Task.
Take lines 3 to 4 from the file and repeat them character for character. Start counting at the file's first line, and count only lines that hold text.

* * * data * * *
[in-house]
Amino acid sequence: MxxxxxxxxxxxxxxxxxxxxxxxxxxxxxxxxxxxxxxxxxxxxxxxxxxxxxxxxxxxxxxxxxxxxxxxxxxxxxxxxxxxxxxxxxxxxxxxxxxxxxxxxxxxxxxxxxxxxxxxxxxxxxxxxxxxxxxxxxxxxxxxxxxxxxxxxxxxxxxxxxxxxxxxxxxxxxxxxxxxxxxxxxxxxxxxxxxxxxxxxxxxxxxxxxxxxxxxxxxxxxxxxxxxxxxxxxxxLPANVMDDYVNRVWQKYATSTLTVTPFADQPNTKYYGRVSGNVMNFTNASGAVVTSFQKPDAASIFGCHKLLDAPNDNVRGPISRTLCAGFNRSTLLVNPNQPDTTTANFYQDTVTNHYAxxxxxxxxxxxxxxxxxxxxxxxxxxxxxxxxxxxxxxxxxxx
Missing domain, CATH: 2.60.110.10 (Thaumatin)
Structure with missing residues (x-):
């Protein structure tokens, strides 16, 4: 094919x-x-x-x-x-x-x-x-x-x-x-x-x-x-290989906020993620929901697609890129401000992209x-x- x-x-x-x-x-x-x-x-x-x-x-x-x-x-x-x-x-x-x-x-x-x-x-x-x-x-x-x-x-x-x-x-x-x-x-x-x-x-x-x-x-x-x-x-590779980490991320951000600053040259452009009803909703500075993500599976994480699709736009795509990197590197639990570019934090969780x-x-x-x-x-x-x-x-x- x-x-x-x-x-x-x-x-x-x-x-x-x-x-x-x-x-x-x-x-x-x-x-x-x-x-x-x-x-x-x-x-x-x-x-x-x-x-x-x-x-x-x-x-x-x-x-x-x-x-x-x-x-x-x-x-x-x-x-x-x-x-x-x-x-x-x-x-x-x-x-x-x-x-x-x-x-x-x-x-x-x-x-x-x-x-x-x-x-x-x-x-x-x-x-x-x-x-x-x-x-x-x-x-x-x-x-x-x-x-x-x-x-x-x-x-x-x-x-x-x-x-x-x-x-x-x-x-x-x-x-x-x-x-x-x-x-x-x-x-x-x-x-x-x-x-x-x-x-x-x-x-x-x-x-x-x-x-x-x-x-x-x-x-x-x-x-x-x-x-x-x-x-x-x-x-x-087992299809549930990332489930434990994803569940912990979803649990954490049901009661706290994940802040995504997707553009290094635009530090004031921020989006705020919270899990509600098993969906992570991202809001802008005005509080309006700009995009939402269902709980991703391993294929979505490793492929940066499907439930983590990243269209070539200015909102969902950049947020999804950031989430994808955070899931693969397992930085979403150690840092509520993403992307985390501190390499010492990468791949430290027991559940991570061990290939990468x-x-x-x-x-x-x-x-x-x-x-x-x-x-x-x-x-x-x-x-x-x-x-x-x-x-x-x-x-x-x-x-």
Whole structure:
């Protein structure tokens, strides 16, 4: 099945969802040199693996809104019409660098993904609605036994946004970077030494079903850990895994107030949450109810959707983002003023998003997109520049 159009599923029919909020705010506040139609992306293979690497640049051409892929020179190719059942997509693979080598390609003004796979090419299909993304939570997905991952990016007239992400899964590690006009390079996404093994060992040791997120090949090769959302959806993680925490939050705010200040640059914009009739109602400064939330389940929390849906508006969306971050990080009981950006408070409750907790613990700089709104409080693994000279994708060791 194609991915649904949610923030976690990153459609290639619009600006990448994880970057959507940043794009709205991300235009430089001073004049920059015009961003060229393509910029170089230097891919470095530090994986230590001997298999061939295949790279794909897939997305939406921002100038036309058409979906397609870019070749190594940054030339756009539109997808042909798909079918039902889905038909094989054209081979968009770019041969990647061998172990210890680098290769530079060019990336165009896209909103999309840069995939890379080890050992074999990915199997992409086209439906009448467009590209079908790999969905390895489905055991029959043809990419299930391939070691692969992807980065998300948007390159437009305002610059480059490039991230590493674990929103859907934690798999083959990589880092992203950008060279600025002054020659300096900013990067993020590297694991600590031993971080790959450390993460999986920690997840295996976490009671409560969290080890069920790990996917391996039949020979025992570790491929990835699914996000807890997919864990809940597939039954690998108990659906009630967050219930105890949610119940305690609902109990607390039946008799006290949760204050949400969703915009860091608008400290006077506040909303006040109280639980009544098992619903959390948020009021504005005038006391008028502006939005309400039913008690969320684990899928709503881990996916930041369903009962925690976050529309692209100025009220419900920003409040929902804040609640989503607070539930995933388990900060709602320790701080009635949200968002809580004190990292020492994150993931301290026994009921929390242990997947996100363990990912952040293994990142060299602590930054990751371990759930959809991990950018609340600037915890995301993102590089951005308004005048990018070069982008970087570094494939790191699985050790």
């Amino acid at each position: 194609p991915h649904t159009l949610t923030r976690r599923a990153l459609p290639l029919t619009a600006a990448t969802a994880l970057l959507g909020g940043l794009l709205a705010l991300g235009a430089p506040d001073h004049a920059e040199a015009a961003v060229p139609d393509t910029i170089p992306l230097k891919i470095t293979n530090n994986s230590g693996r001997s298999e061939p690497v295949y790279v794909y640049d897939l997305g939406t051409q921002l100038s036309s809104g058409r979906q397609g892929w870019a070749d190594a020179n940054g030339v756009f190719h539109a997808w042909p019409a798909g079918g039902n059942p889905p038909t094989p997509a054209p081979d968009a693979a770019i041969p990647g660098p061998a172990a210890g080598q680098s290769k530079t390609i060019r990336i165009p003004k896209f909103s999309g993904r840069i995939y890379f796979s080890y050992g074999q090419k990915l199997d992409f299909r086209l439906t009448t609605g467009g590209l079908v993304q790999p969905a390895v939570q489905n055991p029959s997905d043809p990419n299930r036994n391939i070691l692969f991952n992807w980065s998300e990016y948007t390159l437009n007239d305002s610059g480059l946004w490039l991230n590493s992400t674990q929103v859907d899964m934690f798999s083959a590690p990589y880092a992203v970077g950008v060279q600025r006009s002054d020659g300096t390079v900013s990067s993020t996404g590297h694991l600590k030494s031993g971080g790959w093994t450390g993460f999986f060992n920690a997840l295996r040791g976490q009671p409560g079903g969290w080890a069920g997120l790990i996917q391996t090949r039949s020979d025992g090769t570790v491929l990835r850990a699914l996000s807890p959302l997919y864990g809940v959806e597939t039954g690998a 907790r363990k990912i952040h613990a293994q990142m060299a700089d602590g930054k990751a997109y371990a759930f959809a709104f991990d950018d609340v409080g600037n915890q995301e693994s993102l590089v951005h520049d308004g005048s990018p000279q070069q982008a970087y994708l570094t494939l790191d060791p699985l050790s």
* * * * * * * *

Missing domain, CATH: 2.60.110.10 (Thaumatin)
Structure with missing residues (x-):